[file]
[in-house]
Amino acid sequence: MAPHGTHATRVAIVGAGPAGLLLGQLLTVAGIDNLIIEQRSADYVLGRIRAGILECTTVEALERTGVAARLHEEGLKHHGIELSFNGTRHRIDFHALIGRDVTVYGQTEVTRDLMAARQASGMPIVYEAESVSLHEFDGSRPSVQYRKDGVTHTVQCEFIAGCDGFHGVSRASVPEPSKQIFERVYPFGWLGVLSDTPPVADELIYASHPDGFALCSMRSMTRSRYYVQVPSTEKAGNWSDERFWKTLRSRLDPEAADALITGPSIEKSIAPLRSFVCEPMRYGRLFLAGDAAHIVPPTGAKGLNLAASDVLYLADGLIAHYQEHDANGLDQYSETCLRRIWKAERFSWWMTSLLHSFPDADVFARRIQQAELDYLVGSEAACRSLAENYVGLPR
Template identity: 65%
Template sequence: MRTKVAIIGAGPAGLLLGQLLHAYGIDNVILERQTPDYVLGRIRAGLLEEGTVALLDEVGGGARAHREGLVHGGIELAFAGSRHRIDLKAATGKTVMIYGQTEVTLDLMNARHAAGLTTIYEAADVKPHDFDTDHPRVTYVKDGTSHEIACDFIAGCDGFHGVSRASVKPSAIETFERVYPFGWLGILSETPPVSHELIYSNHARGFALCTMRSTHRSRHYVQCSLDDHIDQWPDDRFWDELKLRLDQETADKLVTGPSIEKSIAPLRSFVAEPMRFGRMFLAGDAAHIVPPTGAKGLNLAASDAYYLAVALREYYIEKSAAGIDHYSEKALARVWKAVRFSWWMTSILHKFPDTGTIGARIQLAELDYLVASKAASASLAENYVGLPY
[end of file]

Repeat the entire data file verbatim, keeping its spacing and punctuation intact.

[in-house]
Amino acid sequence: MAPHGTHATRVAIVGAGPAGLLLGQLLTVAGIDNLIIEQRSADYVLGRIRAGILECTTVEALERTGVAARLHEEGLKHHGIELSFNGTRHRIDFHALIGRDVTVYGQTEVTRDLMAARQASGMPIVYEAESVSLHEFDGSRPSVQYRKDGVTHTVQCEFIAGCDGFHGVSRASVPEPSKQIFERVYPFGWLGVLSDTPPVADELIYASHPDGFALCSMRSMTRSRYYVQVPSTEKAGNWSDERFWKTLRSRLDPEAADALITGPSIEKSIAPLRSFVCEPMRYGRLFLAGDAAHIVPPTGAKGLNLAASDVLYLADGLIAHYQEHDANGLDQYSETCLRRIWKAERFSWWMTSLLHSFPDADVFARRIQQAELDYLVGSEAACRSLAENYVGLPR
Template identity: 65%
Template sequence: MRTKVAIIGAGPAGLLLGQLLHAYGIDNVILERQTPDYVLGRIRAGLLEEGTVALLDEVGGGARAHREGLVHGGIELAFAGSRHRIDLKAATGKTVMIYGQTEVTLDLMNARHAAGLTTIYEAADVKPHDFDTDHPRVTYVKDGTSHEIACDFIAGCDGFHGVSRASVKPSAIETFERVYPFGWLGILSETPPVSHELIYSNHARGFALCTMRSTHRSRHYVQCSLDDHIDQWPDDRFWDELKLRLDQETADKLVTGPSIEKSIAPLRSFVAEPMRFGRMFLAGDAAHIVPPTGAKGLNLAASDAYYLAVALREYYIEKSAAGIDHYSEKALARVWKAVRFSWWMTSILHKFPDTGTIGARIQLAELDYLVASKAASASLAENYVGLPY